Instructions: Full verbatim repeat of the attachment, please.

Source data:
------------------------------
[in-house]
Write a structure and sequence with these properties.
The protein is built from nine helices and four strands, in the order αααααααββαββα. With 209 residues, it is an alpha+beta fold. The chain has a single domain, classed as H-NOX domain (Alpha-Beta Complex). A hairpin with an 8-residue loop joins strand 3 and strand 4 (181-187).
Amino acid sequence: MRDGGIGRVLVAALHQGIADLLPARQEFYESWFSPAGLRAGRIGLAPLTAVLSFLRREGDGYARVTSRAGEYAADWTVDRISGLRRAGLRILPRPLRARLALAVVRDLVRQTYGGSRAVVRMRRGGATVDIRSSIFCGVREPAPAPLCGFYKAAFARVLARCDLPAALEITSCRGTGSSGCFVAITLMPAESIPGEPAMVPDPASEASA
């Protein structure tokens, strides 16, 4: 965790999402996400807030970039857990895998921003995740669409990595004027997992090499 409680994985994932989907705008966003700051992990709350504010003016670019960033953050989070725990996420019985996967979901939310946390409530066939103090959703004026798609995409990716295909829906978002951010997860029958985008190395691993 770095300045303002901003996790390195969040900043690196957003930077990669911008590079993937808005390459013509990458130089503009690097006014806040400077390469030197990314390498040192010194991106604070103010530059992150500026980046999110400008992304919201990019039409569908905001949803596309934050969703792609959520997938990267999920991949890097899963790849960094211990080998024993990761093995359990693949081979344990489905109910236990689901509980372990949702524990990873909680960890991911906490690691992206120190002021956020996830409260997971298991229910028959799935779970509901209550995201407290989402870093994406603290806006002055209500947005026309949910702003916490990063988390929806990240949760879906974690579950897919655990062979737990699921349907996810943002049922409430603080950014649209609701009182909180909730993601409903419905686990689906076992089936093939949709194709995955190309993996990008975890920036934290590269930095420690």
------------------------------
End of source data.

[in-house]
Write a structure and sequence with these properties.
The protein is built from nine helices and four strands, in the order αααααααββαββα. With 209 residues, it is an alpha+beta fold. The chain has a single domain, classed as H-NOX domain (Alpha-Beta Complex). A hairpin with an 8-residue loop joins strand 3 and strand 4 (181-187).
Amino acid sequence: MRDGGIGRVLVAALHQGIADLLPARQEFYESWFSPAGLRAGRIGLAPLTAVLSFLRREGDGYARVTSRAGEYAADWTVDRISGLRRAGLRILPRPLRARLALAVVRDLVRQTYGGSRAVVRMRRGGATVDIRSSIFCGVREPAPAPLCGFYKAAFARVLARCDLPAALEITSCRGTGSSGCFVAITLMPAESIPGEPAMVPDPASEASA
């Protein structure tokens, strides 16, 4: 965790999402996400807030970039857990895998921003995740669409990595004027997992090499 409680994985994932989907705008966003700051992990709350504010003016670019960033953050989070725990996420019985996967979901939310946390409530066939103090959703004026798609995409990716295909829906978002951010997860029958985008190395691993 770095300045303002901003996790390195969040900043690196957003930077990669911008590079993937808005390459013509990458130089503009690097006014806040400077390469030197990314390498040192010194991106604070103010530059992150500026980046999110400008992304919201990019039409569908905001949803596309934050969703792609959520997938990267999920991949890097899963790849960094211990080998024993990761093995359990693949081979344990489905109910236990689901509980372990949702524990990873909680960890991911906490690691992206120190002021956020996830409260997971298991229910028959799935779970509901209550995201407290989402870093994406603290806006002055209500947005026309949910702003916490990063988390929806990240949760879906974690579950897919655990062979737990699921349907996810943002049922409430603080950014649209609701009182909180909730993601409903419905686990689906076992089936093939949709194709995955190309993996990008975890920036934290590269930095420690």